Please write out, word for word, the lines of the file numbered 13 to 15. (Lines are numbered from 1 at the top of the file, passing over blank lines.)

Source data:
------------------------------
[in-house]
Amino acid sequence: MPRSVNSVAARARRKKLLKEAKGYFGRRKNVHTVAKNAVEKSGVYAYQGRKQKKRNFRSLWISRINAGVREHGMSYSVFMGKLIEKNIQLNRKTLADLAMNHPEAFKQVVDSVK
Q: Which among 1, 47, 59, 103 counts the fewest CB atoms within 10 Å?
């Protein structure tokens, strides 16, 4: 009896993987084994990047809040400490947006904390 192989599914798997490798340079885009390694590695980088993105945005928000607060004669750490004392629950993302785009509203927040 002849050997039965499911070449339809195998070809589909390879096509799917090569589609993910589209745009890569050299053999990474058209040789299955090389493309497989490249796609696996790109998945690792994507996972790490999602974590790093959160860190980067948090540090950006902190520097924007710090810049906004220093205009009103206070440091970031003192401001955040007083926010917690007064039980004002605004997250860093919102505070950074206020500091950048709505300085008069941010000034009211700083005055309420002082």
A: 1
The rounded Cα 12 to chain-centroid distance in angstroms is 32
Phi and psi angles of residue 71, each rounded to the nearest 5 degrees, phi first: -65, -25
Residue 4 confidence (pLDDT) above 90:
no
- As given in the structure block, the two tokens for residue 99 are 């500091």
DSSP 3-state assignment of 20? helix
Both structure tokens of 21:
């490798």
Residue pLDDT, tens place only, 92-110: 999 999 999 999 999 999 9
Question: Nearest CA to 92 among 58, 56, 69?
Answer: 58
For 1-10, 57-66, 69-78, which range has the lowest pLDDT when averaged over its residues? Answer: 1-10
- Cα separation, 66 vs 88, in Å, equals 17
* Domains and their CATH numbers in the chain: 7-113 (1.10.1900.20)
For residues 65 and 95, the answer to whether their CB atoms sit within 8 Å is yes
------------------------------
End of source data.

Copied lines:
């490798």
Residue pLDDT, tens place only, 92-110: 999 999 999 999 999 999 9
Question: Nearest CA to 92 among 58, 56, 69?